Why brake size matters

Mountain bike brake rotors
A bigger brake might look impressive, but that stopping power comes a a cost (Image credit: Formula)

Brakes are the most powerful component on your mountain bike, but is going bigger always better?

The ability of a light lever squeeze to enact huge braking forces at the wheels, is one of the most impressive mechanical features in mountain biking.

We tend to take our brake specification for granted, until there is fade or horrible squeal, on a long descent. But should you actively be rethinking your brake rotors in terms of size?

The simplest brake upgrade, to gain sheer stopping power, is upsizing rotor size. You can exchange brake pads, experimenting with different material compounds for feel and durability, but rotor size has a much more significant influence on absolute brake performance.

Before discussing the merits and debits of large brake rotors, a quick mechanical engineering recap about what mountain bike disc brakes do.

To slow your bike down, you need to convert its rolling momentum into a different kind of energy. The hydraulic brake system enables us to use friction, converting rotational energy from your wheels to heat.

The more heat your brake rotors can absorb, the longer they’ll retain stopping power, without fading. By that token, bigger brake rotors must be better? Well, they are, but not for all applications.

Bigger brakes can blunt lever feel

Mountain bike brake rotors are generally sized from 140- to 203mm. Most mid-travel bikes have a 160mm at the rear and 180mm up front.

The obvious question is, why not run 180mm front and rear? Or even 203mm at the front? A simple answer: modulation.

Although larger brake rotors are more powerful and durable in their performance, when descending very steep terrain, they can be too powerful for flatter, flowing trails or terrain that isn't tacky.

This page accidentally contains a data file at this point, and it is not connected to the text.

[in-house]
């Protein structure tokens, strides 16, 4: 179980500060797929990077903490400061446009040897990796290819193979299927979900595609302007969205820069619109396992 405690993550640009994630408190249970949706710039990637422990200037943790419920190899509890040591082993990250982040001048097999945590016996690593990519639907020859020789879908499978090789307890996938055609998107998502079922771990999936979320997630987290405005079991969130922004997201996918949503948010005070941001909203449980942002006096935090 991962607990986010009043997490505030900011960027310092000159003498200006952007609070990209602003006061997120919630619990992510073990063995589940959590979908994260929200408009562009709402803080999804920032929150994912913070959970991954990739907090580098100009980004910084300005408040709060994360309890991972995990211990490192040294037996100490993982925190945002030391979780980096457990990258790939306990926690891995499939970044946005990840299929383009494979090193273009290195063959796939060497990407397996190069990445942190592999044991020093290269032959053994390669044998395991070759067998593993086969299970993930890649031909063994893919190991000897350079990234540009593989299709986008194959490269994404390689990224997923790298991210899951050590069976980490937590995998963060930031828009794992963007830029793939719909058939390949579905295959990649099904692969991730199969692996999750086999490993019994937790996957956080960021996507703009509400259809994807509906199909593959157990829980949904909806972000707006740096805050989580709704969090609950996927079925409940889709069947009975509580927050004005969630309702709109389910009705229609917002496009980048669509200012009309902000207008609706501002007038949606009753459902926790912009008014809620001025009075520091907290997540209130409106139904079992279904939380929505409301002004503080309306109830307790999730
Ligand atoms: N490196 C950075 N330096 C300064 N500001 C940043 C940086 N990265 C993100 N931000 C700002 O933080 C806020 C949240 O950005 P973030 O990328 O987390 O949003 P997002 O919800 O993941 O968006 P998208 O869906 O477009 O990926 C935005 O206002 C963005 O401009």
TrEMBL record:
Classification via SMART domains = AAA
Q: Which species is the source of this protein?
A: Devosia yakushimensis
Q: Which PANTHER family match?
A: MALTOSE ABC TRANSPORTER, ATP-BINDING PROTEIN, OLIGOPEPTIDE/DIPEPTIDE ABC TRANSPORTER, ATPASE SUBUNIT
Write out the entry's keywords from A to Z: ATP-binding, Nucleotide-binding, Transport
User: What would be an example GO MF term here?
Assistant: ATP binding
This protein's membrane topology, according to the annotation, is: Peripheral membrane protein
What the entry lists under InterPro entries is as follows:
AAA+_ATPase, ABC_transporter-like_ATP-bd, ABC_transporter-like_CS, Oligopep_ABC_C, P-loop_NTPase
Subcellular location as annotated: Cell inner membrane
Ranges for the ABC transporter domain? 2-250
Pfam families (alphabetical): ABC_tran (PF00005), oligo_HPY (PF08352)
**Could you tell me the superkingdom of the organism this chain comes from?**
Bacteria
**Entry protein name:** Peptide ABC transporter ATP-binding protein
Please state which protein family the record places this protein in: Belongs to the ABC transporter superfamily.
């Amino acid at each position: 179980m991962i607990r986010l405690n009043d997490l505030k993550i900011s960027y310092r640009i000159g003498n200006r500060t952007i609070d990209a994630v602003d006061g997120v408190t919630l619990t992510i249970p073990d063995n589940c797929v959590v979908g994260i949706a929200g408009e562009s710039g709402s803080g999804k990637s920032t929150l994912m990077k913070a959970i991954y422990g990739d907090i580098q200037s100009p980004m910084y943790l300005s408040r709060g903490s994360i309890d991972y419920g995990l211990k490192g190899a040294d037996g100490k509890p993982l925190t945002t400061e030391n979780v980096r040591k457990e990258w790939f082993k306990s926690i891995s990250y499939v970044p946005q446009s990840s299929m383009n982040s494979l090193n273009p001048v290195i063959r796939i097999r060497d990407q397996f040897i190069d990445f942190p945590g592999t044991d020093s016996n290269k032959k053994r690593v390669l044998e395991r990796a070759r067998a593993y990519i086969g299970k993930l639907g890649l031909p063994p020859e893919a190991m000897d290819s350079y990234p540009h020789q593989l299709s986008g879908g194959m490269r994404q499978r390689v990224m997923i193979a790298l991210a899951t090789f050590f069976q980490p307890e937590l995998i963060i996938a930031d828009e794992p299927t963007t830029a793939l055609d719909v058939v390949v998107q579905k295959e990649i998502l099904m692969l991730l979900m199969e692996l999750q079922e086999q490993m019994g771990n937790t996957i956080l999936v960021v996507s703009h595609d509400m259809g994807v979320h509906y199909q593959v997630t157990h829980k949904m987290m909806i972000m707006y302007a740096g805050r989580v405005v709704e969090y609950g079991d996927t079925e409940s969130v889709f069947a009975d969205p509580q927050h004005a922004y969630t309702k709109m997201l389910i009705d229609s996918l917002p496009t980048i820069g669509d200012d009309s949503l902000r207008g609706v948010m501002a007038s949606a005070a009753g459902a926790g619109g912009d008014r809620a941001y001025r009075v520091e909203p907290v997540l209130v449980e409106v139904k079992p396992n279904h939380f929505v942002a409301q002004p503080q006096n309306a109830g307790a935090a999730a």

In dusty summer riding conditions, a 203mm brake rotor will react with great immediacy to even the slightest lever input. But it can also lock-up way too easily, effectively making your bike’s brakes strong on absolute power, but very weak and uninspiring in terms of lever modulation.

Brake-induced front wheel lock-up means you have no steering control, which increases the probability of a crash in technical terrain.

For most riders, modulation is of greater importance than actual braking power. It is a rare instance that riders pull on a brake lever with force and don’t feel a safe reduction in wheel speed.

Larger riders and long descents

Upsizing your brake rotors can be appropriate if you are a large rider or progressing your mountain biking, by attempting longer, steeper and more technical descents. It is best to upsize the front and usually leave the rear brake rotor size at manufacturer specification, as most of your descending brake force is focussing on the front wheel.

Rear wheel lock-up is tolerable, as it doesn’t influence steering stability. Some riders prefer an easily lockable rear-wheel brake set-up. This allows them to skid sideways through tight switchbacks, as a substitute for the advanced enduro-turn technique, where the rear wheel is lifted, and the entire bike rotates into a turn on its front wheel.  

An interesting qualification in the brake-rotor-size debate, is the notion of actively downsizing your rotors.

If you are a lighter rider and want to experiment with improving your brake technique by mastering modulation, there is an argument that riding for a month or two with smaller brake rotors could be beneficial. With less braking power at the wheels, but greater modulation at the braking system’s touchpoints, you could undo some of the bad brake-dragging habits which larger rotors (with their fade-free nature) allow us to develop.  

Lance Branquinho
Freelance writer

Lance Branquinho is a Namibian-born journalist who graduated to mountain biking after injuries curtailed his trail running. He has a weakness for British steel hardtails, especially those which only run a single gear. As well as Bike Perfect, Lance has written for MBR.com, Off-Road.cc and Cycling News.